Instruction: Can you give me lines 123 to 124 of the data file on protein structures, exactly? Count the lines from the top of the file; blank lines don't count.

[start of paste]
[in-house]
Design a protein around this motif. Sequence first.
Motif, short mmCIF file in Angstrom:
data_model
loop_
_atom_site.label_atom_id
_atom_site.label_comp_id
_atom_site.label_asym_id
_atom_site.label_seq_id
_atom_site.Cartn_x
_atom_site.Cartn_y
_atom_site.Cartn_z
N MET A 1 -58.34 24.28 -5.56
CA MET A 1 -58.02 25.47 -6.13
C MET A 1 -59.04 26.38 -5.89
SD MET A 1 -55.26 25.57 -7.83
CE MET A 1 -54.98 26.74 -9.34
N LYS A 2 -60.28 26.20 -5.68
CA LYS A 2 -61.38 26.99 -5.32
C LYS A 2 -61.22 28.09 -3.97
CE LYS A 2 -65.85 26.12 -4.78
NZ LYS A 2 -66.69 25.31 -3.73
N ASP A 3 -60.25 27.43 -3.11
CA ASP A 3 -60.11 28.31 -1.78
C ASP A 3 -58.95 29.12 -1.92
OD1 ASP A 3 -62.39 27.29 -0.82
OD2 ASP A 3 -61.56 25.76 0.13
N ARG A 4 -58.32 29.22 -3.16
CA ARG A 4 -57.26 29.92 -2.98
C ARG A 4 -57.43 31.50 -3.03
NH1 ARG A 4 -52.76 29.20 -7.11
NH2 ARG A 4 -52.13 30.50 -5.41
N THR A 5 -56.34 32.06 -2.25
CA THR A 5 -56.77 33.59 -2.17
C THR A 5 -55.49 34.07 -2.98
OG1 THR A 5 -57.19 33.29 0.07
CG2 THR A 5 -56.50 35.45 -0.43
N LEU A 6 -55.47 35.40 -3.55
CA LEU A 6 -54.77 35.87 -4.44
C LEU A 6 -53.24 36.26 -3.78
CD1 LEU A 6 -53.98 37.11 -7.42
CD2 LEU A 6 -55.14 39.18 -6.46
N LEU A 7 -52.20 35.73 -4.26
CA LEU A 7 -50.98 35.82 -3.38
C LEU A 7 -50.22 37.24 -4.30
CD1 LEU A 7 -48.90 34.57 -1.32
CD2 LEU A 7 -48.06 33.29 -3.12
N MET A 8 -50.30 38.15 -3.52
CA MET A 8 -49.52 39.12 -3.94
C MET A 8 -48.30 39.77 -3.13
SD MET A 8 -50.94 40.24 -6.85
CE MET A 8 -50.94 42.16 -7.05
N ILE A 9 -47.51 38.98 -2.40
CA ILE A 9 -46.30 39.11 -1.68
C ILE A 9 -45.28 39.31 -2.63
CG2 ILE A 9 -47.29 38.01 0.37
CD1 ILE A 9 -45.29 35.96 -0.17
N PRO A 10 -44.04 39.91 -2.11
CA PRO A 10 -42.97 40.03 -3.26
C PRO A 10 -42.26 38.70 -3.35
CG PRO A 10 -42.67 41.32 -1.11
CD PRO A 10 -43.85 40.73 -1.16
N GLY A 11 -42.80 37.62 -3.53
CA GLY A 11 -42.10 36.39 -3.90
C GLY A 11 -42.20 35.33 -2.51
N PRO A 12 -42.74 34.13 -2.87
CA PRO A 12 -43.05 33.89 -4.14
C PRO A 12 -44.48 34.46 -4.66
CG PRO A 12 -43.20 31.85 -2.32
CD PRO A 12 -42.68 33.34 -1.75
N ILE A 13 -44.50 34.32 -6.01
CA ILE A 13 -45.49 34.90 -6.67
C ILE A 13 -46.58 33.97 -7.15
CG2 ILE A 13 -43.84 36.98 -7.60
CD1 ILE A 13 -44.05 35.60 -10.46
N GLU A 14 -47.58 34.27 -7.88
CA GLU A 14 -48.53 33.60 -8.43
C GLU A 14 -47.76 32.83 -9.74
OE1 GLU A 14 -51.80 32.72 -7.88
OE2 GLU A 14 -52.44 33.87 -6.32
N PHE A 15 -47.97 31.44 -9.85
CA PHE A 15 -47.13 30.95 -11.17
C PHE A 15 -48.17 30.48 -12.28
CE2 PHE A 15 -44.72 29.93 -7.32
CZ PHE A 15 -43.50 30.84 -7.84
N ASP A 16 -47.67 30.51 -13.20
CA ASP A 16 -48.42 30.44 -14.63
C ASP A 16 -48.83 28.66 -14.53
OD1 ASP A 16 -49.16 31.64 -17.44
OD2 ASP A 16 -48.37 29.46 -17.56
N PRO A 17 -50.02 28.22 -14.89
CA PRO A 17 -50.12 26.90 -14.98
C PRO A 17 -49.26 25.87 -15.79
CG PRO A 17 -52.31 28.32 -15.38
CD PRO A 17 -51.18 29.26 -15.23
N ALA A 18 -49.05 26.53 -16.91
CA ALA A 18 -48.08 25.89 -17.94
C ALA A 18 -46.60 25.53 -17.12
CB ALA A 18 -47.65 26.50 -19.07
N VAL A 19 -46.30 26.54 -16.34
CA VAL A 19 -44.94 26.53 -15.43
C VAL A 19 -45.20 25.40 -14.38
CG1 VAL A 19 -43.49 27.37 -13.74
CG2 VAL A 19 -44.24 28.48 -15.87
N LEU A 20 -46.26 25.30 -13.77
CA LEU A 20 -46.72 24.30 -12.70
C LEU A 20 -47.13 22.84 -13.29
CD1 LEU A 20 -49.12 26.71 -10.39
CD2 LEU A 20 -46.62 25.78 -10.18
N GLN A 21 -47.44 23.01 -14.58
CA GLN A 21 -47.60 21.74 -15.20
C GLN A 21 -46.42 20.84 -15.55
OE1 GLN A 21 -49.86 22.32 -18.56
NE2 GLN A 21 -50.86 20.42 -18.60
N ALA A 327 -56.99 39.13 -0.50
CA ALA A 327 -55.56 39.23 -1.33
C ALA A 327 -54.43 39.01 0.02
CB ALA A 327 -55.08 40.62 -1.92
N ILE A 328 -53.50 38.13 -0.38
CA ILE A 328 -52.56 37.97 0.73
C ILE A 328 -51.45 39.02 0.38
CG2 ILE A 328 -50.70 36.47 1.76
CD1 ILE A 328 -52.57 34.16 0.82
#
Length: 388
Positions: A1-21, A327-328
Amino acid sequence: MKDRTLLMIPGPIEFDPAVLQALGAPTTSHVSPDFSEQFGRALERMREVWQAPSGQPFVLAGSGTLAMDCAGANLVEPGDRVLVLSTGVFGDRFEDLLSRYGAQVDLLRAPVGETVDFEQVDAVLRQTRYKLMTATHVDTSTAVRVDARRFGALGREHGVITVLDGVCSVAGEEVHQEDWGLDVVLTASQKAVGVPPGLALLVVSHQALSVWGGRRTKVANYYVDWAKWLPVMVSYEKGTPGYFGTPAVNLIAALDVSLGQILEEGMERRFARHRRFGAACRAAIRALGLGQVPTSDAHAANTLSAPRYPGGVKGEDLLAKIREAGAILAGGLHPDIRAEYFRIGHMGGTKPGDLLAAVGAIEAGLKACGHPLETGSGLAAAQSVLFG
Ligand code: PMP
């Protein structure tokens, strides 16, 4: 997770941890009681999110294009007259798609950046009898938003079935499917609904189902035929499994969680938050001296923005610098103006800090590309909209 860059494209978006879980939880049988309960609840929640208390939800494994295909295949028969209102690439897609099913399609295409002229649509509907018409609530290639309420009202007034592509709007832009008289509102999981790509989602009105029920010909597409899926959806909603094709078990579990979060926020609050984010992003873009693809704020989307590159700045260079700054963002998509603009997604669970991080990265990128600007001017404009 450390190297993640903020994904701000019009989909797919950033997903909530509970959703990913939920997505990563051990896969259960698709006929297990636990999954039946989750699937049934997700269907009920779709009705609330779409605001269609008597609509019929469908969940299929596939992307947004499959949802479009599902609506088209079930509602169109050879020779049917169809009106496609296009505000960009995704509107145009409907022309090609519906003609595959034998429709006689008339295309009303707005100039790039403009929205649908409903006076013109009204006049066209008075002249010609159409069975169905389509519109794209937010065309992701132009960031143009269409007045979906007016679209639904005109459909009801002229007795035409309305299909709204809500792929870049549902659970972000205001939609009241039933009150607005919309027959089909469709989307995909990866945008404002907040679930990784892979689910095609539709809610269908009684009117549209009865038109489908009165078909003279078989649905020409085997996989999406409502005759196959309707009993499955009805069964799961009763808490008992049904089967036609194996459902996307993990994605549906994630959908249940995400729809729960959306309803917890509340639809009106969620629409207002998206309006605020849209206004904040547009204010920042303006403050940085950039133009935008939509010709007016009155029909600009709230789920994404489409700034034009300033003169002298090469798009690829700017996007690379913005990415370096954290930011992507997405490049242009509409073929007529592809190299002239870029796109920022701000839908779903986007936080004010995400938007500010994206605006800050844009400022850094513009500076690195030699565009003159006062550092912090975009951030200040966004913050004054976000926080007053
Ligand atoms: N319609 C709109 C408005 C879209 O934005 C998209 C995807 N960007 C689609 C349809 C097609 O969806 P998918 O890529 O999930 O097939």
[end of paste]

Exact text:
CD1 ILE A 328 -52.57 34.16 0.82
#